"Lastly, by the time you are thirty there is a high statistical probability that you will want to start a family. Should you have attained career success in your twenties, you will have much more time and energy to focus on your children. And a lot more money. Are you so passionate about being a pioneer in a new field that you are willing to sacrifice having children or you are willing to have children, but not have a lot of time or money to put into them?"

I am not saying that kids should do what their parents do or that parents should push their kids to do so, just that if it works out that way, it would be very advantageous.

Many parents push their kids to do something different than what they did because "they want a better life" for their kids. But here's the thing (and I have told this story before):

I met a guy the other day named Matt. He never went to college. He was raised by a single mother, an immigrant. She worked a minimum wage job and could barely feed him when he was a kid. He quit school at sixteen. He is now forty years old and owns thirty-two convenience stores. He makes a fantastic living. How did he pull that off? Hint: He was not a pioneer.

His mother worked at a 7-11 for his entire childhood. She couldn't afford daycare, and they didn't know anyone, so he hung out at her 7-11 after school. He knew how to run the place by the time he was twelve, started working there himself when he was fourteen. He saved up and bought his first 7-11 when he was twenty-five. Killed it. Most people who run 7-11's don't understand how to run them, he told me. He does.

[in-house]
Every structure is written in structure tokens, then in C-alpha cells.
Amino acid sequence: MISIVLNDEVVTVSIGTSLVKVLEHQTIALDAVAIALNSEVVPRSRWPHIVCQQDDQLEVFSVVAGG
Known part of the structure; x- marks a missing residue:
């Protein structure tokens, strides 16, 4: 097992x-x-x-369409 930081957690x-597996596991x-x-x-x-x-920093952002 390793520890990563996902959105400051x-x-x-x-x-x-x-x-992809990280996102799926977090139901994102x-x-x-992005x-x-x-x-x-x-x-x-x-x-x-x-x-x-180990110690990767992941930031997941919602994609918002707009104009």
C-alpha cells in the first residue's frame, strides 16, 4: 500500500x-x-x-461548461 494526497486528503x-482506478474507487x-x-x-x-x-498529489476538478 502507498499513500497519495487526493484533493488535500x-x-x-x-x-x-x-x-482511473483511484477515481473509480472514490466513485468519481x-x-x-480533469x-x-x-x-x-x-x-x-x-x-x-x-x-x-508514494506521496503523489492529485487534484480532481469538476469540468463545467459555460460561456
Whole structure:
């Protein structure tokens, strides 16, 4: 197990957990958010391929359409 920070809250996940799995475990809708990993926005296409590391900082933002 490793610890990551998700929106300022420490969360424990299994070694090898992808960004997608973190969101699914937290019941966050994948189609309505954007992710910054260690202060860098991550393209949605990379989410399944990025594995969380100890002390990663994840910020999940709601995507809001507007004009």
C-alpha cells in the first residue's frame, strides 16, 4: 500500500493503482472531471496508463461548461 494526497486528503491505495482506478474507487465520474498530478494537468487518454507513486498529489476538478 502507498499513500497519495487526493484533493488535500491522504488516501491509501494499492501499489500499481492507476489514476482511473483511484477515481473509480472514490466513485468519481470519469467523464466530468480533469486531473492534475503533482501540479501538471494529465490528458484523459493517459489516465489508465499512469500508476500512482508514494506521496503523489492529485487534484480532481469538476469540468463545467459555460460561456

The lesson: If you are a struggling pioneer don't assume your child will struggle as hard as you. You paved the way. Your child has been paying attention. Invite your child to your life. He will do it better. Don't assume your career is a dead end or you life isn't a worthy one to invite your child to join. If you can just keep it together, despite the insane difficulty of your life, your children will do great.

Gladwell points out in Outliers that it is very rare for children who grew up in poverty to become very wealthy, but it is very common for them to make it to the middle class. Children who grow up in the middle class are the ones who are more likely to become very wealthy. Which is to say: A truly successful career may require three generations to make.

I have noticed this in Hollywood. Failed actors have children who are working actors and grandchildren who are stars. I'm not arguing that this is The One Rule; there will always be exceptions, but this idea that building something amazing takes more than one generation was common knowledge for farmers in the time of Laura Ingles Wilder.

The pioneers were going to have it rough, and they knew that going in. They knew that to break in virgin land takes a decade. Want a tree to shade your house? Another decade. But they also knew that if they did the work, their children and grandchildren would have it easier than they did. The farm would get better over time.

If they moved to a farm far away, in a climate they knew nothing about, it was even harder. Move far enough away and you don't even know what native foods to eat, dig up, preserve, and avoid, nor do you know the dangers of the area. For example, Scandinavians could more easily succeed in Wisconsin than Florida, the climate in Wisconsin at least being similar to what they knew.

Not saying they couldn't succeed anywhere. Just saying: How hard do you want it to be? Is it worth it?

Doing a career other than what your parents did is like being a pioneer.

It may be unfortunate that we idealize, as a culture, "getting out" of our hometowns and not following in Daddy's footsteps. When we are choosing our careers, we might want to think a lot more long-term than we are currently thinking.